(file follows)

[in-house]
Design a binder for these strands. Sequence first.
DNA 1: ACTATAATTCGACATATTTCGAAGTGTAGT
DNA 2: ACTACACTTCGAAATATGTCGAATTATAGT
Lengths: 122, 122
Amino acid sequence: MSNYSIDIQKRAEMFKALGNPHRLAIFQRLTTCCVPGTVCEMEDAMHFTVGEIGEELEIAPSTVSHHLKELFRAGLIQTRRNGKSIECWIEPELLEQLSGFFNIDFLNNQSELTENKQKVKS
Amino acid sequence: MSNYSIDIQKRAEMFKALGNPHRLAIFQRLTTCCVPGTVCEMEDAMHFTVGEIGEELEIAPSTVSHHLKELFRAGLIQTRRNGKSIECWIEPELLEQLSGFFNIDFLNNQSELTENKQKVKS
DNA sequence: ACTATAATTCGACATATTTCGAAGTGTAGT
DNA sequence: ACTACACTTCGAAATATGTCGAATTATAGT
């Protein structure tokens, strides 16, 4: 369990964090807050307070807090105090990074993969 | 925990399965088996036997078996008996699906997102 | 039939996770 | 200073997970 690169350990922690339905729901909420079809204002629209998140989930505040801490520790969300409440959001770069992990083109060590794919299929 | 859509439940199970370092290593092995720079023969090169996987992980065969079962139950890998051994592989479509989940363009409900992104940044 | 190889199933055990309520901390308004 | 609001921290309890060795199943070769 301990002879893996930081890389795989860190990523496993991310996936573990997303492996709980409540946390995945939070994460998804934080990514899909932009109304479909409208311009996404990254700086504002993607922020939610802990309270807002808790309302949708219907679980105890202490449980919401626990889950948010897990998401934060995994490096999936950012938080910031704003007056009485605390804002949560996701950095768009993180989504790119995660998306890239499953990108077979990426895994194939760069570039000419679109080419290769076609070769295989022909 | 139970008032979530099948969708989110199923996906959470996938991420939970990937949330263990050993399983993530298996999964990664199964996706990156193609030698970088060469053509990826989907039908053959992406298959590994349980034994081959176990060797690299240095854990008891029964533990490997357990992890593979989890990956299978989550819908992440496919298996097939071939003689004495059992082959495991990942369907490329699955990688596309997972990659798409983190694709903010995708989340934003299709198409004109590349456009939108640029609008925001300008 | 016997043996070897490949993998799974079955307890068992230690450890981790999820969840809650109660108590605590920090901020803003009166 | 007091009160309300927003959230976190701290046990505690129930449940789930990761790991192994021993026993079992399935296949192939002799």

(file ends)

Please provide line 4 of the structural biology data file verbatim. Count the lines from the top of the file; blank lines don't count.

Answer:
DNA 2: ACTACACTTCGAAATATGTCGAATTATAGT